Chris Coole, “The Road to the River”

(Penguin Eggs, Nov 2018)

In the world of magic there are the big stage illusions—cutting a person in half, making an elephant disappear—and there is table magic—cards, coins, cups and balls. The two are both thought of equally as magic, but they are of such different orders as to be different undertakings entirely. To the connoisseur, the close work takes the day—it’s smaller, more intimate, requires a greater facility, and is often more meaningful.

This latest release from Chris Coole is an example of the table magic of the musical world: seemingly limited resources are manipulated to reveal an impossible range of emotion. It requires close attention, and it rewards that attention. Not everything here is new. Most of the material has been released prior, with a number of tracks recorded for this project in particular. The reason is because it’s a fundraiser for the Elk River Alliance, which is great of course. But even if you know these tunes, the project nevertheless feels new. The various pieces speak to each other, and sit comfortably within a new frame.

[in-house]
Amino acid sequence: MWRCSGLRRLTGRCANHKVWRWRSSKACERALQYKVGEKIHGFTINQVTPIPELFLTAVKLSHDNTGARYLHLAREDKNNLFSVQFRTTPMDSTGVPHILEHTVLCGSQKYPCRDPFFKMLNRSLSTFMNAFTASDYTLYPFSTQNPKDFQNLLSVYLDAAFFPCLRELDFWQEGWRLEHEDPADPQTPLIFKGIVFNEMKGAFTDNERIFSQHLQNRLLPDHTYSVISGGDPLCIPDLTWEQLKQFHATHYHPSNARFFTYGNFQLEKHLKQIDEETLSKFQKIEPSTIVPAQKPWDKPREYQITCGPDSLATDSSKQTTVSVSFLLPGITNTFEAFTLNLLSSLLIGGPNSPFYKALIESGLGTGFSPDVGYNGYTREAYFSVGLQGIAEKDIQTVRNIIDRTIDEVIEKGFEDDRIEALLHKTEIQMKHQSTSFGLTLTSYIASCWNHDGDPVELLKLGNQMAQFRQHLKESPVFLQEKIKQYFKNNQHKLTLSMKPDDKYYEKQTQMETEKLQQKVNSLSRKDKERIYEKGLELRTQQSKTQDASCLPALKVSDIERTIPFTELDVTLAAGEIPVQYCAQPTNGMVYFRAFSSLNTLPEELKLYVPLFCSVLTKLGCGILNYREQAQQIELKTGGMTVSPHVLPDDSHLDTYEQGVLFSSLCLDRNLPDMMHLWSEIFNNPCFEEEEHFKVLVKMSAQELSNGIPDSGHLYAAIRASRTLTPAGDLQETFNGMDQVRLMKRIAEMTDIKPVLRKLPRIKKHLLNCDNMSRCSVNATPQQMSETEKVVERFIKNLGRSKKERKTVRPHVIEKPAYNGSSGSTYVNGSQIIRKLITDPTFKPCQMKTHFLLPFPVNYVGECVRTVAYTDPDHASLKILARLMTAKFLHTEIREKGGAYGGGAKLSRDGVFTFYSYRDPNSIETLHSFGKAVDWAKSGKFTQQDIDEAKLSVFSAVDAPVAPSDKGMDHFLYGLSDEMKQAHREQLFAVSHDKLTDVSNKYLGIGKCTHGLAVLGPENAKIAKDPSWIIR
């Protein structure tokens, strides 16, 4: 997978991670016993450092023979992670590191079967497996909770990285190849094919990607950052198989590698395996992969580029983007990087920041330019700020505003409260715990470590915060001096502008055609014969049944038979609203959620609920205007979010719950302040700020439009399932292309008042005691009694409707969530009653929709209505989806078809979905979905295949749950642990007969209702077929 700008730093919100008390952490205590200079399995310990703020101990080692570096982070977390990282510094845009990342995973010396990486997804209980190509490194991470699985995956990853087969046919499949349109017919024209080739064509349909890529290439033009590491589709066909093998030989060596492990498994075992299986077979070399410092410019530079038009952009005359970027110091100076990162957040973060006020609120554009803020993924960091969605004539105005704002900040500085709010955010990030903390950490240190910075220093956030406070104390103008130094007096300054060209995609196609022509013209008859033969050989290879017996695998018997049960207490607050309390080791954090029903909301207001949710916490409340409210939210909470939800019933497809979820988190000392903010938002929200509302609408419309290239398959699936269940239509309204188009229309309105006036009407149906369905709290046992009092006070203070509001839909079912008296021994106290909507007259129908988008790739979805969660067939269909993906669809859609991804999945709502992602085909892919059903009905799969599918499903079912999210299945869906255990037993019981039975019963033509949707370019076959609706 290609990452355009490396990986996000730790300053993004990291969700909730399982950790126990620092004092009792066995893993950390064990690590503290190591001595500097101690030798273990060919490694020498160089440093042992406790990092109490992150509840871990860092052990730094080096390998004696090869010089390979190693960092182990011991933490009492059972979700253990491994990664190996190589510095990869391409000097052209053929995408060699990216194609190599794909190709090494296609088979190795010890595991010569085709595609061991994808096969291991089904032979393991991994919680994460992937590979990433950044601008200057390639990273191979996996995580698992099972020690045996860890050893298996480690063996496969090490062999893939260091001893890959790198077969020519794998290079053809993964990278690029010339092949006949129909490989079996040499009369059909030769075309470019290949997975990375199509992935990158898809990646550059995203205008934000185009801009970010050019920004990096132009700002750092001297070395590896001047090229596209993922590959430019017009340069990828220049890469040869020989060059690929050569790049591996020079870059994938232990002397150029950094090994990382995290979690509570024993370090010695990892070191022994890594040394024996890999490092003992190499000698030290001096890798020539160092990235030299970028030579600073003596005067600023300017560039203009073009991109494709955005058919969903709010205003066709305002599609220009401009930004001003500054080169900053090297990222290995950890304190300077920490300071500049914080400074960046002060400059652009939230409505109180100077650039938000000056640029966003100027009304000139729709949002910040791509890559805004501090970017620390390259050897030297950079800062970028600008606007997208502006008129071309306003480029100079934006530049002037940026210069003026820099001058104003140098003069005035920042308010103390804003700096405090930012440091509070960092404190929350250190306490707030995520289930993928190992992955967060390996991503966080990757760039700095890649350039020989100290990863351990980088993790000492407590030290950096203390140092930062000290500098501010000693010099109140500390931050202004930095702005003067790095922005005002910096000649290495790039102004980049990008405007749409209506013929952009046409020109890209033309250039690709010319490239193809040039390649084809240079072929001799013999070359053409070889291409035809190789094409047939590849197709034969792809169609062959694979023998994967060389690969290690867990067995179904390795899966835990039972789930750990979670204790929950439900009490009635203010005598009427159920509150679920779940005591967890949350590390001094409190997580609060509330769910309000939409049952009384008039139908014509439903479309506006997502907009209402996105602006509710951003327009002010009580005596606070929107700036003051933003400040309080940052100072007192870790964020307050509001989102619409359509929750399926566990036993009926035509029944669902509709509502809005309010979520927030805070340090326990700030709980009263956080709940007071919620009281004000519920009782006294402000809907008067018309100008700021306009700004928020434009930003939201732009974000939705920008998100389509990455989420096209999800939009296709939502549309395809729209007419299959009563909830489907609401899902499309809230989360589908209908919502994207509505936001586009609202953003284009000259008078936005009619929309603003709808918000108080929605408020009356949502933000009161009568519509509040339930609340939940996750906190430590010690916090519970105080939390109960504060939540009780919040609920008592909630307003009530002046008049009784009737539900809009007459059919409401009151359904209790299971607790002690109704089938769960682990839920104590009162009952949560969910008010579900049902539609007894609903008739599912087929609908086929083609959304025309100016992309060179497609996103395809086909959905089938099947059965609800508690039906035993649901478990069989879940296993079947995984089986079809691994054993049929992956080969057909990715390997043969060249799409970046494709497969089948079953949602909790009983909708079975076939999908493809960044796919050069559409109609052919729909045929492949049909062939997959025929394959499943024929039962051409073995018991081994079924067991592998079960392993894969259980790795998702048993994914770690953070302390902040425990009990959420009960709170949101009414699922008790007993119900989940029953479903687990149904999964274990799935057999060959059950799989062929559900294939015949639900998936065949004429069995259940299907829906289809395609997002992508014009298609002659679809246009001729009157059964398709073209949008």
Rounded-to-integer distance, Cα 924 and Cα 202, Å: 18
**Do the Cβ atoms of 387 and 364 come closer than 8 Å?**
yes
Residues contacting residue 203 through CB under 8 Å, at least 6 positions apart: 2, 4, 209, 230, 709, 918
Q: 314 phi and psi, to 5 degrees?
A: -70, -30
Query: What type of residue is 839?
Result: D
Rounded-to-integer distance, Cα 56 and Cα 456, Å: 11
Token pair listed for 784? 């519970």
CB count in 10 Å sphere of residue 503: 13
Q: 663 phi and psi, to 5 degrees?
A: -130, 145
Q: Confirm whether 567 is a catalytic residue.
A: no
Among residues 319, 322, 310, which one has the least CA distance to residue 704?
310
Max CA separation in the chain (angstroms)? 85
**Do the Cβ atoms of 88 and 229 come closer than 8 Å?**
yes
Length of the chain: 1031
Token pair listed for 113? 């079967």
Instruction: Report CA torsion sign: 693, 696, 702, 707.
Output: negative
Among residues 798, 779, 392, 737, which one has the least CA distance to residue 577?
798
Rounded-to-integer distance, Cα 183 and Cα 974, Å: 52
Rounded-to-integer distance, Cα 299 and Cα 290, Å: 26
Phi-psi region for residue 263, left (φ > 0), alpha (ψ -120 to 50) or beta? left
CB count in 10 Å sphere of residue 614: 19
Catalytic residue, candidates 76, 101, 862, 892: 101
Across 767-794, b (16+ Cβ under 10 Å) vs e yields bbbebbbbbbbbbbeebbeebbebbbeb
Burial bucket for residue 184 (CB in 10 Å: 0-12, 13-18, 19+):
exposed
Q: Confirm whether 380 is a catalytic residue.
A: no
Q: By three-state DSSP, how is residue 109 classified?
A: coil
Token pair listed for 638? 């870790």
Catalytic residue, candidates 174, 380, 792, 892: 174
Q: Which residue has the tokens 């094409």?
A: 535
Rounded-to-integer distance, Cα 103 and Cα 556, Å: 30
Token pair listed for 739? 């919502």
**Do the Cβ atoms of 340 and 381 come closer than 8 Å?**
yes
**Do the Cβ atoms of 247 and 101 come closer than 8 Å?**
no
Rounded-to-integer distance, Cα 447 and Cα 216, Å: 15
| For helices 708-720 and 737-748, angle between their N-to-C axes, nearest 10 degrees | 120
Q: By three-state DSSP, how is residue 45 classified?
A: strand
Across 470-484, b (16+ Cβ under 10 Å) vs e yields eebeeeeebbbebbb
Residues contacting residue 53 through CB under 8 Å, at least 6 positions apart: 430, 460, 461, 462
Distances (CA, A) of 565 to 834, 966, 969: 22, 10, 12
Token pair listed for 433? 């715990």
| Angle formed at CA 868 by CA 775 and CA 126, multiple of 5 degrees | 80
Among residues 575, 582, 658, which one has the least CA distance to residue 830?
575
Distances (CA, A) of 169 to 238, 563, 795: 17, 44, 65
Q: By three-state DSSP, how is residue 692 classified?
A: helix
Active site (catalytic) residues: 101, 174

Coole is an avid fly-fisher, and it seems some of the other musicians that are featured here are too, including Arnie Naiman and, if new to it, fiddler John Showman. The project is a testament to his passion for fishing. Coole brings the full range of experience to the material, from the contemplation of “Rainbow on the Moormons”—the bowed bass there is a study in doing a lot with little—to the humour of “Hell to Pay,” a children’s tune for the child in all of us. Throughout, it’s a window onto worlds that we don’t see every day—clawhammer banjo and fly fishing—though it will make you wish you could.


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